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Tuesday, September 8, 2009

Sea Things #14: Orange Cup Coral

Sea Things is a regular feature on my blog where I profile a different sea creature. Look for it weekly, or something close to weekly.


Orange Cup Coral, or Tubastraea coccinea, totally surprised and delighted me the first time I ever really noticed them.  I mean, corals are everywhere, but these are special.  Like many corals, they put out little tentacles at night, but they also just look incredibly beautiful when they do, as compared to how they look in the daytime.

From 2009 Bonaire - Best of Resized
These corals are usually found in shady areas.  I have seen them on wrecks, on dock pilings, and rocks.  They were especially prevalent for us in Bonaire - we saw them under our dock on the last trip and then under Town Pier in 2007.  Sadly, Bonaire had to scrape off the pilings at Town Pier and Salt Pier after Hurricane Omar, when inspection for damage was needed. In the above photo, we found some on the undersides of holes in the reef during our night dive on Klein Bonaire.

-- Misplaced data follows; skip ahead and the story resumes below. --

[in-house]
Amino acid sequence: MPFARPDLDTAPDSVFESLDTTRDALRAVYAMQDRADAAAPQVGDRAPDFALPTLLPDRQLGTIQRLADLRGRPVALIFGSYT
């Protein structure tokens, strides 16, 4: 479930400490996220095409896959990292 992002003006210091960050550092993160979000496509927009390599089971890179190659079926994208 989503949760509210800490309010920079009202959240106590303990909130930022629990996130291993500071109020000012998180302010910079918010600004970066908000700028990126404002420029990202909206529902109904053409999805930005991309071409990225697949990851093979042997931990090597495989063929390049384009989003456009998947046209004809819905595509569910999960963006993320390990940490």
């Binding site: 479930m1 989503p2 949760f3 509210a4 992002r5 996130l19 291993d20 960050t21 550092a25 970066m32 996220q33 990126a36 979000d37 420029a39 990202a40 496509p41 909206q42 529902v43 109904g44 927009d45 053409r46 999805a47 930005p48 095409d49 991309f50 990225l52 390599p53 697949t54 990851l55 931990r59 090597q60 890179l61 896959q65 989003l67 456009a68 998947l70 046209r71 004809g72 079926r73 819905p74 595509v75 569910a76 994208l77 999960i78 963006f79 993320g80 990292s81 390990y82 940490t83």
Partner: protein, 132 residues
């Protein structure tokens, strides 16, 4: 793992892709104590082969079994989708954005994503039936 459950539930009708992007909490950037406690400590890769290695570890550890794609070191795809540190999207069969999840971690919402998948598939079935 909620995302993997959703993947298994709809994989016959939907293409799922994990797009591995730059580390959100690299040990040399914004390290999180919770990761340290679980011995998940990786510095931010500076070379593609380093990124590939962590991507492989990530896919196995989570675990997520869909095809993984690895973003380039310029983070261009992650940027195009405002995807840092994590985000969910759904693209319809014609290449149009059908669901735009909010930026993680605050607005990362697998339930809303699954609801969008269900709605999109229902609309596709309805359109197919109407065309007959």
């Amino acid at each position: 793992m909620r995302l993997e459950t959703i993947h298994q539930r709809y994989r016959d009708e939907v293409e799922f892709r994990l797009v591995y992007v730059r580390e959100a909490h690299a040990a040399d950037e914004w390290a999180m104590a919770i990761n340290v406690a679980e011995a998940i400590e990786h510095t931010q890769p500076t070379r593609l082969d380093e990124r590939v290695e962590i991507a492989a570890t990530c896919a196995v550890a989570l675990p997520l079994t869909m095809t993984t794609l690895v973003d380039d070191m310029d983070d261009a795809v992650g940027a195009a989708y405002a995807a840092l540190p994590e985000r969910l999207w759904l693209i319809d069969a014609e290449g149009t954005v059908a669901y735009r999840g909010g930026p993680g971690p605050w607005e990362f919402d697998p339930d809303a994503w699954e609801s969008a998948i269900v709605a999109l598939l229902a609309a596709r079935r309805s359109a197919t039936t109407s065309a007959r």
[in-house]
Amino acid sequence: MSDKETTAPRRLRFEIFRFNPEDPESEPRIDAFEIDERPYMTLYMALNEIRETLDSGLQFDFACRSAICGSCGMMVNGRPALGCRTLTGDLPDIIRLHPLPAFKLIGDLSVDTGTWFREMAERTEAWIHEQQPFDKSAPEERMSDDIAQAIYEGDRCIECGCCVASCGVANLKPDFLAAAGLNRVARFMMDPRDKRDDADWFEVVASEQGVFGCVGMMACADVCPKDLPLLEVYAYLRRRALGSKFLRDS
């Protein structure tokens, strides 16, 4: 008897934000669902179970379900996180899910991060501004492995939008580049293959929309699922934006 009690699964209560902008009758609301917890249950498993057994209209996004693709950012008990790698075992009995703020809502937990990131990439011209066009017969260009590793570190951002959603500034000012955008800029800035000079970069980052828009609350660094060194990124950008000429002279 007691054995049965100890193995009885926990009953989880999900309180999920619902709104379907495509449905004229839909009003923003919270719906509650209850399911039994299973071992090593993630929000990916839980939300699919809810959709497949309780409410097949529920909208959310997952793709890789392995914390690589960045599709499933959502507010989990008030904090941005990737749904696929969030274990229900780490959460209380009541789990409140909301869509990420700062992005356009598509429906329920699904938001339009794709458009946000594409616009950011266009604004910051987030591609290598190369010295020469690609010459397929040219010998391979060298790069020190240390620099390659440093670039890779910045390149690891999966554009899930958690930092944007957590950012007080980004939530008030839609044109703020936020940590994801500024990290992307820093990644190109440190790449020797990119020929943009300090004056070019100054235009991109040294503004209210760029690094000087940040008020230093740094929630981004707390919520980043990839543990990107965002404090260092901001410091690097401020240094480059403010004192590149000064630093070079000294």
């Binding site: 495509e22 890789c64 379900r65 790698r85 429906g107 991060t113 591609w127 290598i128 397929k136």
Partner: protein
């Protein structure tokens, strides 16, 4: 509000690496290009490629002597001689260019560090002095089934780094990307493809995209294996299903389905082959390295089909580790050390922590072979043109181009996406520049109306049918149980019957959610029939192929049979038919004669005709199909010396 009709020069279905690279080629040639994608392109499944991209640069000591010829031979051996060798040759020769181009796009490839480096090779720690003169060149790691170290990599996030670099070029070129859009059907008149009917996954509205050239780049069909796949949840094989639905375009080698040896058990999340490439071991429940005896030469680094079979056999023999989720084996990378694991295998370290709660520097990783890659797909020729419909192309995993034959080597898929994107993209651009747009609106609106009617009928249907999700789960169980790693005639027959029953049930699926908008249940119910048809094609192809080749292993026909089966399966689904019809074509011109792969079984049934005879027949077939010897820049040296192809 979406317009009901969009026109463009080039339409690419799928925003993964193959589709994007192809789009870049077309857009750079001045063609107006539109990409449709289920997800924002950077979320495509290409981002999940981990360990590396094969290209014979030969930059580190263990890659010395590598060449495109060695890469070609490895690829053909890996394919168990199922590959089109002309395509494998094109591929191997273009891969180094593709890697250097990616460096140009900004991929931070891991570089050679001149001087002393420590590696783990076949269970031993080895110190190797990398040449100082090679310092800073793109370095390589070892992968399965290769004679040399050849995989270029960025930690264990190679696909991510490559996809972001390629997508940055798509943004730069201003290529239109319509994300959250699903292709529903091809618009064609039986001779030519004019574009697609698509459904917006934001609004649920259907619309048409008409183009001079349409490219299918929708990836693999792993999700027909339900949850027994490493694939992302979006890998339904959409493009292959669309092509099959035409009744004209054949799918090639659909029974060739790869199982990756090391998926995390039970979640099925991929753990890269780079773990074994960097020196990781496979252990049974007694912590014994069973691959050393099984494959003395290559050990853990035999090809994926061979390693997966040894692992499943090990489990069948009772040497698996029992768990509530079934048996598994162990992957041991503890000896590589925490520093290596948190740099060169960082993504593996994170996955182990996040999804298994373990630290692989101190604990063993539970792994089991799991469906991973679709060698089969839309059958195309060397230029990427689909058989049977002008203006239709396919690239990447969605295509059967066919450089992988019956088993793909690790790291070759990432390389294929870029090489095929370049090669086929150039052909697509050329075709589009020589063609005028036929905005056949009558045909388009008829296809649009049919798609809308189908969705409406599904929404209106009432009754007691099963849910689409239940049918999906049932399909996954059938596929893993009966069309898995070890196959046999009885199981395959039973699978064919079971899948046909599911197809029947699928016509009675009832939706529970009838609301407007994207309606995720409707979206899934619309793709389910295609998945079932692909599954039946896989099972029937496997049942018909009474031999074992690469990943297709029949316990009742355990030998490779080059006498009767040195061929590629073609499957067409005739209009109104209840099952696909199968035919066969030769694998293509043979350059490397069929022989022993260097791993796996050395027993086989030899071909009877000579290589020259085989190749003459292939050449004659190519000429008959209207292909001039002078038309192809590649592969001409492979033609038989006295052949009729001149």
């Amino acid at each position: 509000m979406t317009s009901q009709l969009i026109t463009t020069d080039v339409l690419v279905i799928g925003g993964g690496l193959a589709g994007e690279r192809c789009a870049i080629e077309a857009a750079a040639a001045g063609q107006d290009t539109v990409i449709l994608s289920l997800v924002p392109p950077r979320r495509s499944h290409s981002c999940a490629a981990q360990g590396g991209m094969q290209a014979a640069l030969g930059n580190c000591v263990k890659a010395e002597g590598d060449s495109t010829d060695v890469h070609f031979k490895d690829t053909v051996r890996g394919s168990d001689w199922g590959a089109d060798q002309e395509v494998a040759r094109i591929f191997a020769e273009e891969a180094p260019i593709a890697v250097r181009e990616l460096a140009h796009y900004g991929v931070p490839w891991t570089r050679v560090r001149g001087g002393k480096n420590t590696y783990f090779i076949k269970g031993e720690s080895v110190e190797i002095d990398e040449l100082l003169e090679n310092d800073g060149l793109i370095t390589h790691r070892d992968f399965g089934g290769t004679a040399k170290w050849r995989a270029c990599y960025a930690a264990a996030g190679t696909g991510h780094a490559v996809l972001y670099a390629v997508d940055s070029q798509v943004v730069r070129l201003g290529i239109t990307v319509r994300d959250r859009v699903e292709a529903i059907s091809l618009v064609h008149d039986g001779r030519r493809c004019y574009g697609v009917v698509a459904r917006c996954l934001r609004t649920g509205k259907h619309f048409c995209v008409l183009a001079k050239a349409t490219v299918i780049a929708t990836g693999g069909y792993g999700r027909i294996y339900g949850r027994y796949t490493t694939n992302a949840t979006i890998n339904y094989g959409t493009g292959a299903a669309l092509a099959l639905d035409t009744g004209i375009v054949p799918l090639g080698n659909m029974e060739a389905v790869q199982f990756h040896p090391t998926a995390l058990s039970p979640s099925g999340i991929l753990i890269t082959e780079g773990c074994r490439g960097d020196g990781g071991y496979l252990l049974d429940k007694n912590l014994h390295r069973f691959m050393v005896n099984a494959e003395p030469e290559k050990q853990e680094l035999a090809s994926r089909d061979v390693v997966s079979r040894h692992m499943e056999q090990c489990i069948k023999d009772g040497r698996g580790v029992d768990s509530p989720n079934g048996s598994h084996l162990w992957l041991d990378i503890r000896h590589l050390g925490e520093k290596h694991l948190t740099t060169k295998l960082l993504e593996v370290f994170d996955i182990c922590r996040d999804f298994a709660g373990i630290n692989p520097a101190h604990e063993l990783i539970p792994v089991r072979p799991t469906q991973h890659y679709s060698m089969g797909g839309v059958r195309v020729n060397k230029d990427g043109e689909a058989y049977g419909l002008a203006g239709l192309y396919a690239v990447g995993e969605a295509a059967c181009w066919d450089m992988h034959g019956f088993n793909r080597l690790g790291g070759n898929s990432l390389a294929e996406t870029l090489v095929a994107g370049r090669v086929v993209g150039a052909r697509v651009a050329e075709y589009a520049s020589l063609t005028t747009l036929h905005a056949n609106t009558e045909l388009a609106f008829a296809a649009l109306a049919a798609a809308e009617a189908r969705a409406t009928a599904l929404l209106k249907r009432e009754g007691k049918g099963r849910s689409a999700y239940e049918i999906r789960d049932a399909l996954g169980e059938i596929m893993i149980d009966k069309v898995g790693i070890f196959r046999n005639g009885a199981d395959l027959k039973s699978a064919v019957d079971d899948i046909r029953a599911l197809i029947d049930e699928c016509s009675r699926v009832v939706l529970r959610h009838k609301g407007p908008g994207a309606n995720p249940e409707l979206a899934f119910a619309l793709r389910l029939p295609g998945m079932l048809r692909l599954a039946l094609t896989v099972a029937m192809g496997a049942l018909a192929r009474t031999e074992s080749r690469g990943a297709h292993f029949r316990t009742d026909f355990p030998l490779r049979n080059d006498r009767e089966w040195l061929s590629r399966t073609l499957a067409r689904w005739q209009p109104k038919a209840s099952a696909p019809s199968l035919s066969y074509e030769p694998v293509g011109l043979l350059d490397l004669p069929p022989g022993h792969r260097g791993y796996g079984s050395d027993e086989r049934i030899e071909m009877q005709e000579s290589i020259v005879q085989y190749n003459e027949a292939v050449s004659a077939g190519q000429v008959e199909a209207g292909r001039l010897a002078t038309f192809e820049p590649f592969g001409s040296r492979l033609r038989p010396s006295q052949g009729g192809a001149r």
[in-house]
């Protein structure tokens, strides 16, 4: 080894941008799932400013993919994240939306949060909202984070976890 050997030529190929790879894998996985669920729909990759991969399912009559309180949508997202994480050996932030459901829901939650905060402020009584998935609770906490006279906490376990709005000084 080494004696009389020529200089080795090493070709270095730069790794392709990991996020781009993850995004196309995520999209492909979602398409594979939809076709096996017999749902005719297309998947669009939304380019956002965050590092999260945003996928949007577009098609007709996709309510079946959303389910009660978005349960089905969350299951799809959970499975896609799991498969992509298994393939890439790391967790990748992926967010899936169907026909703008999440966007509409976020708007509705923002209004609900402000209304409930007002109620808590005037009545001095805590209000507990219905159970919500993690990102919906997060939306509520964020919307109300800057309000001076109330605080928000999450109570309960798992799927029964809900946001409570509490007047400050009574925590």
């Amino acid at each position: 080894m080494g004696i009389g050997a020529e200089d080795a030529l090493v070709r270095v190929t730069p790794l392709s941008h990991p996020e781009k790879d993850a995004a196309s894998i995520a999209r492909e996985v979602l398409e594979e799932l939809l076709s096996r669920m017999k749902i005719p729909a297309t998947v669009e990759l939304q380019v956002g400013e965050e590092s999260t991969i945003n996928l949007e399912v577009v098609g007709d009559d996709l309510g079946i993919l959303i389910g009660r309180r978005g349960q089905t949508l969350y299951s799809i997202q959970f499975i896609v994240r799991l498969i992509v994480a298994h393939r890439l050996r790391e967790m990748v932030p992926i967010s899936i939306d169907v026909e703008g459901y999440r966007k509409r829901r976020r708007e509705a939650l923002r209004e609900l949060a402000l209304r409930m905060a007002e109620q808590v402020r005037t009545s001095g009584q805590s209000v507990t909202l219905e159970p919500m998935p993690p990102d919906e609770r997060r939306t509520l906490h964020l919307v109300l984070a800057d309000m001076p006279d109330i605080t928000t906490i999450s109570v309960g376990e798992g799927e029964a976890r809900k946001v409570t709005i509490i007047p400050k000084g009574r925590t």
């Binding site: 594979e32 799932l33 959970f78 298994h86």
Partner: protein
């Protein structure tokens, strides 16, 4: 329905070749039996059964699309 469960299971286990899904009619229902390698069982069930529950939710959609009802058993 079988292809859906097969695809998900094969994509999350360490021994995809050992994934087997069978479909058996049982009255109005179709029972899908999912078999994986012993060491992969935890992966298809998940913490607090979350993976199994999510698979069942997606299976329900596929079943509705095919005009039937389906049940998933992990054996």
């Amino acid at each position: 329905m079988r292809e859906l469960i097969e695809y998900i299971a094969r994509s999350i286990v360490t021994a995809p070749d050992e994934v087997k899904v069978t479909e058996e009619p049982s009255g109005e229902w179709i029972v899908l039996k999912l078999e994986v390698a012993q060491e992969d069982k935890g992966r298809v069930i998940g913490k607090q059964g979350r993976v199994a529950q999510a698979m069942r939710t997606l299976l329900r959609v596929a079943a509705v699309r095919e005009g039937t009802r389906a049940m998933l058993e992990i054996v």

Intesteringly, Orange Cup Coral is not native to the Caribbean, but was brought in, presumably on a ship's hull, in 1943.  It's moved in a predictable pattern since, finally ending up in the Northern Gulf of Mexico in 1999.  They're terribly interesting and fun to look at, and they're one of my favorite corals.

From 2009 Bonaire - Best of Resized


Is there a creature that you would like to see featured in Sea Things? If so, shoot me an email and if I can, I'll write about it. Photos on this post are courtesy of Todd Krebs.

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